Domestic blueberry production is kicking off what’s anticipated to be a solid season.
“We began last week out of Florida and it’s really good product,” says Luciano Fiszman of Redondo Beach, Ca.-based Gourmet Trading Co. Peak Florida production will likely go between April 8-25, which is when Mexico’s production should begin to fade.
Also in the southeast, Georgia may have a bigger crop this year. “Georgia was hit for two consecutive years with freezing. They had a cold snap in March. But this year, the chance of a late freeze is gone and the plants, which have the energy of three years from not producing fruit, are ready,” says Fiszman.
However a cold front and some spotty rains this week did set back production in both states. Until then, it was anticipated the regions would begin seven to 10 days earlier but now the southeast will begin production at its regularly anticipated time.
Gourmet Trading's Super Blues are packed in Florida and headed to Hong Kong.
On the West Coast, California is also starting up stronger regional production. “We’re expecting California to produce fruit by the end of April and to go throughout May,” says Fiszman, noting that Gourmet Trading does have a blueberry farm south of the San Joaquin Valley, as well as farms in Peru and New Zealand.
While California is known for strawberries, its conditions that differ from the southeast make for a sweet product. “The dry conditions compared to the wet conditions in the southeast, the genetics, it’s big fruit with good bloom and firm. The difference in temperature between night and day means there's more sugar on the fruit,” says Fiszman. He adds that while there’s coastal production under hoops currently happening, it’s higher priced because it’s difficult to produce. The late April production will come from California’s San Joaquin Valley.
Meanwhile on imports, Mexico is currently in peak production with blueberries. “There are a few regions that are slowly getting behind their peak. I’m expecting Mexican peak will last another two weeks,” says Fiszman. “So right after week 14, the first week in April, Mexico will start slow their crossings.” Overall, Mexico’s production is strongest between Valentine’s Day and mid-April.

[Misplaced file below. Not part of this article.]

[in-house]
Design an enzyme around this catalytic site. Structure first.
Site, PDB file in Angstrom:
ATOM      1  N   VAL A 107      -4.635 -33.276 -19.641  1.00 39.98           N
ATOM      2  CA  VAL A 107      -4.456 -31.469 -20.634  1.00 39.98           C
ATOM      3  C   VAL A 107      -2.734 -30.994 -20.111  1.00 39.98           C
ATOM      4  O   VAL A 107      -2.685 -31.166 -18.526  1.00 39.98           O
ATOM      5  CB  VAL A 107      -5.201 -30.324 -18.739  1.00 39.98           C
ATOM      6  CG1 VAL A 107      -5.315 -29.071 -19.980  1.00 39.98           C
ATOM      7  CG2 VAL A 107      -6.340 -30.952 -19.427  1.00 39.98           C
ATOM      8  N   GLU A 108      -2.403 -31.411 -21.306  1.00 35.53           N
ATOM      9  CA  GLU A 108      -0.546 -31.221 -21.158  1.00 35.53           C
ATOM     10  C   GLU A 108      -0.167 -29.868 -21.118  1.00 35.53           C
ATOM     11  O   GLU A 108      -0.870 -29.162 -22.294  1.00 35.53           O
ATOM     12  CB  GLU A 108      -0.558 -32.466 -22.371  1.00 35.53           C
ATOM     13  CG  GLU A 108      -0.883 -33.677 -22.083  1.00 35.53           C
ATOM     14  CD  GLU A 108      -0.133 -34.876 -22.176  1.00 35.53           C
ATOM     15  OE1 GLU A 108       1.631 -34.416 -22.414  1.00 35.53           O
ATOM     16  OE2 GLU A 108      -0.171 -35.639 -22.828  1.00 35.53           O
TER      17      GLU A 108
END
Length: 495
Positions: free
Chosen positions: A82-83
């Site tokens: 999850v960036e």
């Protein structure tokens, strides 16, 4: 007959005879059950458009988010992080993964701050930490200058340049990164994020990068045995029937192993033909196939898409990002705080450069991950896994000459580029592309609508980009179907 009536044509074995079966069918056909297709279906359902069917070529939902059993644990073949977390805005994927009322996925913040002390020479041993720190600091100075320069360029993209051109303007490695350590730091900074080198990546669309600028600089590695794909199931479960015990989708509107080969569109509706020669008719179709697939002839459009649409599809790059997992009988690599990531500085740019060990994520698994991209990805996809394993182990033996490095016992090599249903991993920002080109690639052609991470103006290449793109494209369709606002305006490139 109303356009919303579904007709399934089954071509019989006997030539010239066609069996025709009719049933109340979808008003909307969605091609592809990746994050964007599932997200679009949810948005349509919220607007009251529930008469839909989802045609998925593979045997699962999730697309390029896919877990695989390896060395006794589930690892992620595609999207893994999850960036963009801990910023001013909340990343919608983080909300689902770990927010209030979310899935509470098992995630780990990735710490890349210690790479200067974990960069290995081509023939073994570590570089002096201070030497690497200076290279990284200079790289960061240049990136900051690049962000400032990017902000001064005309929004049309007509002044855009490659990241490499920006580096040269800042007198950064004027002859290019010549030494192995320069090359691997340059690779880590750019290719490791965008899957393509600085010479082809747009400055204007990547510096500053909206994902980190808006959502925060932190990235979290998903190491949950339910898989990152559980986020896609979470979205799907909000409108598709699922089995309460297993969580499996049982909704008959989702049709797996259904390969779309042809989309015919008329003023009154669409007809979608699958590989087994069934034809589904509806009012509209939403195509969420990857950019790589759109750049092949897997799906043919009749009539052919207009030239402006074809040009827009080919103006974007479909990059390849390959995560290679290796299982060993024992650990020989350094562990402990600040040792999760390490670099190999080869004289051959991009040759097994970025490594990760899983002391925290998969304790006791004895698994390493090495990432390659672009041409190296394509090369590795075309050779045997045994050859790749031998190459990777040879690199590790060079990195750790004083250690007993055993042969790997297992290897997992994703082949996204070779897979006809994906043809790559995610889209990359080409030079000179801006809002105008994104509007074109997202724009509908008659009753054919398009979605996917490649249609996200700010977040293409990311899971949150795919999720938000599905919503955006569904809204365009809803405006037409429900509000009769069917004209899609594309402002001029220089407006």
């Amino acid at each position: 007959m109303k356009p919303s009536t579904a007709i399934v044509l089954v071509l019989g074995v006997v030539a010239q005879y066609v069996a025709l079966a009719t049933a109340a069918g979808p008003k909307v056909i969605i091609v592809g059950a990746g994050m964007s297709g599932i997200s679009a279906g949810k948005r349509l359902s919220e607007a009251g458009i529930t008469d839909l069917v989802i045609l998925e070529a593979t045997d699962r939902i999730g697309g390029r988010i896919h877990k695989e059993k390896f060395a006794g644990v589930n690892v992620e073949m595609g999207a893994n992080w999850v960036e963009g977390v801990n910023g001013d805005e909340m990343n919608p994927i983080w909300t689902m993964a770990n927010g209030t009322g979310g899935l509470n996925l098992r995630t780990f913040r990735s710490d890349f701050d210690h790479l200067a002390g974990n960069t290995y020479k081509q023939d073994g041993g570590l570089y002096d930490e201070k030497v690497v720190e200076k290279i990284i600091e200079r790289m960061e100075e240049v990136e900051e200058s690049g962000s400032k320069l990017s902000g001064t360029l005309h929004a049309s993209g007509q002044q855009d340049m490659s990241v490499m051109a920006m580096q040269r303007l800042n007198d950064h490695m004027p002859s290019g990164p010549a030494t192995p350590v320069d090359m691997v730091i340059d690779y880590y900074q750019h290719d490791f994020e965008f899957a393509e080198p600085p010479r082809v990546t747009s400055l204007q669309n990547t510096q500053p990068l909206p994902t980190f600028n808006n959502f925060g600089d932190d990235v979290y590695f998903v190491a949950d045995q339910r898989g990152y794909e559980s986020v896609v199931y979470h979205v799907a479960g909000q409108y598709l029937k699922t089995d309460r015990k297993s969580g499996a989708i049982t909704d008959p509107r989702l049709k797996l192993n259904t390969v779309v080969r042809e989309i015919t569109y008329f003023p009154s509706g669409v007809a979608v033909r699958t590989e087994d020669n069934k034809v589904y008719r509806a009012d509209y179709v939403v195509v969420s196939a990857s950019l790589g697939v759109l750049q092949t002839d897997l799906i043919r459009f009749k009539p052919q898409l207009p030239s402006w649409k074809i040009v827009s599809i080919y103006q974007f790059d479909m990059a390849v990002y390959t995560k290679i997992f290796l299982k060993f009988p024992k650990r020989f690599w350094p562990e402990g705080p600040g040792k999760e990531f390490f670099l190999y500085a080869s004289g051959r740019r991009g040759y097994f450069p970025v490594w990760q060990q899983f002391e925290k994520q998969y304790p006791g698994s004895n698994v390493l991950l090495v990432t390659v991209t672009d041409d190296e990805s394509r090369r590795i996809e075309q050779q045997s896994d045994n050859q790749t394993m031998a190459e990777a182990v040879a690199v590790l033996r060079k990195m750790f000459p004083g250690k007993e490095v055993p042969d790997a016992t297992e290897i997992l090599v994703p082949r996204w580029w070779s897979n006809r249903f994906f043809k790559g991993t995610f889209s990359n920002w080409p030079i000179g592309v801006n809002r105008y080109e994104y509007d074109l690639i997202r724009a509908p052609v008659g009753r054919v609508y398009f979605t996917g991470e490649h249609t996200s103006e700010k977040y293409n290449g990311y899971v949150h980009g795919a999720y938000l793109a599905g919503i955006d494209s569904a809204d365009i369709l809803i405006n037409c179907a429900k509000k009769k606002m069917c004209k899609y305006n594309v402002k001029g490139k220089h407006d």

This finishes up a stronger year production-wise for the country. “Mexico had roughly 15 percent more volume because they had more acreage, perfect weather conditions and more mature plantings,” says Fiszman. “The growers are also learning more and more how to do the business. It’s a maturing industry.”
However, that extra 15 percent made up for an early finish on imports from Chile due to weather.
Demand looking better
Demand for blueberries is also picking up again now that better quality product is making its way in. “We had a good winter season but with the late Chilean berries, the quality dropped. And then consumers weren’t satisfied with what they purchased,” says Fiszman. “So in late February and the first few weeks in March, demand was low. Now demand is picking up again. Blueberries are really an item driven more by quality than price.”
As for price, this switchover is making for a two-tier blueberry market right now. “You can get cheap blueberries but you get what you pay for. And then there’s more expensive product that you enjoy more from Mexico and Florida,” says Fiszman.
He notes that the two-tier has only been like this for the past 10 days and will likely only last another five days. “This happens twice a year when there’s a transition. So now when it’s moving from into Mexico/Florida and August/September when you come out of the local deal vs. a fresh crop.”
It’s anticipated the market will more into more promotable volumes and price from mid to late April.